In many countries, notably China (see separate item), the 3.5 GHz band is being identified as an important one for 5G. Traditionally allocated for fixed wireless, it is being opened up by regulators for mobile 4G and 5G, and possibly for shared access using emerging technologies like MulteFire. Last week, SK Telecom announced South Korea’s first trial of 5G systems in the band.
Although many of the new developments in 3.5 GHz have been spearheaded in the US – where the FCC has introduced an innovative, if complicated, three-tier system of access – that early movement risks leaving the US out of the band plan mainstream again, if the rest of the world adopts a different approach and moves quickly to 5G in 3.5 GHz.
With companies in China, South Korea and elsewhere demonstrating 5G NR in the band, T-Mobile USA has stepped up its campaign to get the FCC to amend its proposed rules for the shared access element of its 3.5 GHz plan, known as CBRS (Citizens Broadband Radio Service), in order to take better account of global 5G harmonization.
“T-Mobile has asked the FCC to re-examine its rules for the 3.5 GHz band,” wrote TMO’s CTO Neville Ray, in a blog post. “The 3550-3700 MHz spectrum is ideal to meet the midband needs for 5G networks.”
Ray argues that combining 3.5 GHz with the bands above and below it would create a total of 1100 MHz of midband spectrum “with better coverage characteristics than high band spectrum, meaning that it can help deliver the promise of 5G to rural areas.”
“Over time, we would be passing up the opportunity to auction potentially 1100 MHz of midband spectrum, which will certainly generate tens of billions of dollars in auction proceeds,” Ray continued, warning that 3.5 GHz could end up as an “orphan band” in the US.
While Google and Federated Wireless are finessing their geolocation databases to manage shared access in 3.5 GHz, there are also two non-shared tiers. The highest level of protection from interference goes to the incumbent federal users, while there will also be an auction for licensed access, which will be protected from interference from the ad hoc sharers. The licences will be for a term of three years and the current rules dictate that they will be based on census tracts, so that a local WISP or enterprise could obtain a licence for a very localized area. Of course, the MNOs are lobbying to change that approach in favor of conventional licensing geographies and terms.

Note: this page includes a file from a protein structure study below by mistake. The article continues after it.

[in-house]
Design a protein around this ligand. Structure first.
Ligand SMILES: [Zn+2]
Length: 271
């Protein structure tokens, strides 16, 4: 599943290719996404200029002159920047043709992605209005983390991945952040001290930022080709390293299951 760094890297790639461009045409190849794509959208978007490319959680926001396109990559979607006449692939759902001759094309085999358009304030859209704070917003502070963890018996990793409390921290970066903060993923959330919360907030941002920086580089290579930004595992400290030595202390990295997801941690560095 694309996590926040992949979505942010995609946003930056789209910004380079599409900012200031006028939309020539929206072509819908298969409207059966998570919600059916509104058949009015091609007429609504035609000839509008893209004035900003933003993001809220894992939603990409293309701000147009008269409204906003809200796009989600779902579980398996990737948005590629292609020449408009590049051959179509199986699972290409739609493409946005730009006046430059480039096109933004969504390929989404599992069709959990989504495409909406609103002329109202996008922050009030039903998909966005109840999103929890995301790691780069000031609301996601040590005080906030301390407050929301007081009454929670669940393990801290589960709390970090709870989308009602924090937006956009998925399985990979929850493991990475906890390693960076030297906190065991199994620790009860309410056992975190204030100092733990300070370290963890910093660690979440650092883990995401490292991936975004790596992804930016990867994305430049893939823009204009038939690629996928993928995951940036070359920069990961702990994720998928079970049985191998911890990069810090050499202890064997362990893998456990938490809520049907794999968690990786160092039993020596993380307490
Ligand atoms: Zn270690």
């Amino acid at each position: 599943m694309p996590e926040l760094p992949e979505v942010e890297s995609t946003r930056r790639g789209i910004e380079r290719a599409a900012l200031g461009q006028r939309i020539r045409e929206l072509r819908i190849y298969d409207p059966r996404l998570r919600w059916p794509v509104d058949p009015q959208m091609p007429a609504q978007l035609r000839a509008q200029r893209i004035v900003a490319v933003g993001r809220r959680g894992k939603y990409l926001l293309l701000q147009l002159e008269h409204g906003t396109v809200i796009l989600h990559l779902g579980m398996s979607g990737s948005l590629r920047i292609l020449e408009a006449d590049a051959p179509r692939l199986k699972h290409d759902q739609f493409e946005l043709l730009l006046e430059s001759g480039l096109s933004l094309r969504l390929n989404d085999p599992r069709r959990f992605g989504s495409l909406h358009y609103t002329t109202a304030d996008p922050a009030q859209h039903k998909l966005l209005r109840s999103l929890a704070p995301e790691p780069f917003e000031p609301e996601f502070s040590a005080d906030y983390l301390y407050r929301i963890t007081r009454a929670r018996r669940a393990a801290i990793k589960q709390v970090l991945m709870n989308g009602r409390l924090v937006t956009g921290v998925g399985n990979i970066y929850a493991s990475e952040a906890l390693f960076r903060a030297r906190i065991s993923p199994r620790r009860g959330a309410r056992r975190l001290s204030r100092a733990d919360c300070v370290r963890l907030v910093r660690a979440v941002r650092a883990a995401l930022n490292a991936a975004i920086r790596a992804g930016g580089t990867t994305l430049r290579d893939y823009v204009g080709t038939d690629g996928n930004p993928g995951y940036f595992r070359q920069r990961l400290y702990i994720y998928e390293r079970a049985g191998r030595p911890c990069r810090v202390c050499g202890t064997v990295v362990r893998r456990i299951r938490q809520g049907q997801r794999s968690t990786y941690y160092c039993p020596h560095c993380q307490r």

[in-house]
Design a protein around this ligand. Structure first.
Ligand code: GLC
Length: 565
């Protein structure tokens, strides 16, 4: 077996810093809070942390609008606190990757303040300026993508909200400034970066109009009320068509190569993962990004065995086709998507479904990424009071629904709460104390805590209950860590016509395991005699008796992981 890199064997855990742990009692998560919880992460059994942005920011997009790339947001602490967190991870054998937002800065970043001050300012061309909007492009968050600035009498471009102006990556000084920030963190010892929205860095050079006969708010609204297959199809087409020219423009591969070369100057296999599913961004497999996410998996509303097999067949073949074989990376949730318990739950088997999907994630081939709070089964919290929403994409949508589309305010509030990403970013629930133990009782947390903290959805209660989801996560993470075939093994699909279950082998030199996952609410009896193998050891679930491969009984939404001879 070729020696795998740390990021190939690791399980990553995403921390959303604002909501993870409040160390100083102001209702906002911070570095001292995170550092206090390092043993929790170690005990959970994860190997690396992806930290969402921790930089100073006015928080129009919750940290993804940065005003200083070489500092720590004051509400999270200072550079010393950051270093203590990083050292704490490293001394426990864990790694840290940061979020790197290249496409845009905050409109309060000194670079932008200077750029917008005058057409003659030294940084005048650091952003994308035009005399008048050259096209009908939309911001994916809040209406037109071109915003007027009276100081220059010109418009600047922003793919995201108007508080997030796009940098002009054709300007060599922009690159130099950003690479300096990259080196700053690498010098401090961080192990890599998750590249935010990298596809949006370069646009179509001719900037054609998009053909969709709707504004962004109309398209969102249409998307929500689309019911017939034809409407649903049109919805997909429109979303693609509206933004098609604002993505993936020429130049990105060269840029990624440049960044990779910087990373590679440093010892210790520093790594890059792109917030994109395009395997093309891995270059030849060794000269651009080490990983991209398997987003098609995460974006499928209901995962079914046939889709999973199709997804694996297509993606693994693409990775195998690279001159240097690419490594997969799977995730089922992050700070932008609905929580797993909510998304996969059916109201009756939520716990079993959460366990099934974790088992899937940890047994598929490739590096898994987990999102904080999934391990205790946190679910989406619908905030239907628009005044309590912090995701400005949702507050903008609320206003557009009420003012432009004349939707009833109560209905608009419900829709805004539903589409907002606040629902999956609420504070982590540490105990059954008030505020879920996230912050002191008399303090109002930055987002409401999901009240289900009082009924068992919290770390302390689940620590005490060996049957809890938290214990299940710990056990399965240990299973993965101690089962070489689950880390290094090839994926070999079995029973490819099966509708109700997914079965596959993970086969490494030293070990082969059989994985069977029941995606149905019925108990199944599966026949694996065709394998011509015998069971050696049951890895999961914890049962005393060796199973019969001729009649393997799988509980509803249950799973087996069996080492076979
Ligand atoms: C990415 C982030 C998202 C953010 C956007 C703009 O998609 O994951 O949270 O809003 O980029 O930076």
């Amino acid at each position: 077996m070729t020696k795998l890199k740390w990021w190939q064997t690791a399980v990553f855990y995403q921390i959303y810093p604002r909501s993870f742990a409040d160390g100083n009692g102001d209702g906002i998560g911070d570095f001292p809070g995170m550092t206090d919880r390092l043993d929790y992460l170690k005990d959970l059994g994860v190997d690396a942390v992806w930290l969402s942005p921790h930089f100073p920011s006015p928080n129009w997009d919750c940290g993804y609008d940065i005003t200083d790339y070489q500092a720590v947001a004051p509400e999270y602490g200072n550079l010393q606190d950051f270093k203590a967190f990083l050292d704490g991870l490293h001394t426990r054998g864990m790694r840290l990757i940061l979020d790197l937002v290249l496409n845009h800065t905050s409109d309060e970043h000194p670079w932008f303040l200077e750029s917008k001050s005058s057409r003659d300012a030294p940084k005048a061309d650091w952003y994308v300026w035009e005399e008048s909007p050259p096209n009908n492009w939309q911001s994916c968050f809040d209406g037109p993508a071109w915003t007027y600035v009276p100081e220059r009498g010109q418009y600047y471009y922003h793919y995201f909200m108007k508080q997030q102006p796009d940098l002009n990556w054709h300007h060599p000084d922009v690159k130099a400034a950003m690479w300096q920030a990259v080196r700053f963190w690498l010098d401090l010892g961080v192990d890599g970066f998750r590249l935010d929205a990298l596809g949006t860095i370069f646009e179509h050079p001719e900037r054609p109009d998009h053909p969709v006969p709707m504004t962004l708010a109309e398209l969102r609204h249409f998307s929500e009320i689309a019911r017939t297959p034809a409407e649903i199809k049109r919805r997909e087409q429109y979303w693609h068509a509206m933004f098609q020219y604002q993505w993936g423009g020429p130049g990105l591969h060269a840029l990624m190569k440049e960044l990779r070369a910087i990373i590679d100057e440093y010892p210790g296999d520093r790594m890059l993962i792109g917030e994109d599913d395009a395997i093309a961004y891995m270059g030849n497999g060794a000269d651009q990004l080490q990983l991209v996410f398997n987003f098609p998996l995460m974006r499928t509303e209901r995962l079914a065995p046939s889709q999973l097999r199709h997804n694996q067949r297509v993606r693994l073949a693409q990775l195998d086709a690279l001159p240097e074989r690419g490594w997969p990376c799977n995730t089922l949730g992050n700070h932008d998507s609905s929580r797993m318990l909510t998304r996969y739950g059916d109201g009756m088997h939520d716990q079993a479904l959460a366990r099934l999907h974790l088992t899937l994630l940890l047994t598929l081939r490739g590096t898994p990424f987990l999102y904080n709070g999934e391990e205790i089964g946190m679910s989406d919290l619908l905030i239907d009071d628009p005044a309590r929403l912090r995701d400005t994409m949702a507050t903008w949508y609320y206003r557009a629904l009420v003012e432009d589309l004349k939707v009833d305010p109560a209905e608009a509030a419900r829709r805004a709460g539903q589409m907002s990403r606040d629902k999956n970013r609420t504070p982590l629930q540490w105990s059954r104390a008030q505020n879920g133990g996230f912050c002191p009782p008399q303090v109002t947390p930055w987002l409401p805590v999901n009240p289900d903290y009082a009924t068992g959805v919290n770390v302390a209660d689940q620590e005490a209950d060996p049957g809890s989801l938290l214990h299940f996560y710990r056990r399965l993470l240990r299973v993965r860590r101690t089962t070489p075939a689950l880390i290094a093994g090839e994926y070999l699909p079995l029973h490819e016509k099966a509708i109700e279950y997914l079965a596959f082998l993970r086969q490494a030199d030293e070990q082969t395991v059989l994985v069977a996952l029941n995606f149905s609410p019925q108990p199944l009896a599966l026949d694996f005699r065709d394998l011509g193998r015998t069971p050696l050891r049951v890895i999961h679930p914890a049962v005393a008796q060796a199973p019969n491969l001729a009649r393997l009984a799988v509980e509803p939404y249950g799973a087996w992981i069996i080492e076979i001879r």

Meanwhile, in South Korea, SK Telecom has been talking up its demonstrations of 5G in that band with Samsung and Nokia. These were the first in the country, using an end-to-end network with a 5G virtualized core, virtualized RAN, distributed baseband uit and radio unit, and a test device based on the 3GPP 5G New Radio specs.
The operator went into some detail about its 5G NR test system, developed with Samsung. It uses subcarrier spacing of 60 kHz, transmit time interval (TTI) length of 0.25ms, a subframe structure that simultaneously supports downlink data and uplink feedback, and LDPC channel coding. SK Telecom also worked with Nokia to develop 5G base station equipment and test device for the 3.5 GHz spectrum and achieved gigabit throughput realised Gbps-level throughput using carrier aggregation.
SK Telecom said it plans to deploy commercial 5G networks using 28 GHz spectrum in downtown areas of concentrated traffic, while covering wide areas with 3.5 GHz or a combination of the two.
“SK Telecom has secured all key technologies for building commercial 5G networks using 3.5 GHz and 28 GHz frequency bands,” said Park Jin-hyo, SVP and head of the operator’s Network R&D Center. “We will maintain our leadership in 5G by enhancing our technologies for both above-6 GHz and below-6 GHz frequencies, while playing an active role in the standardization and commercialization of 5G technologies.”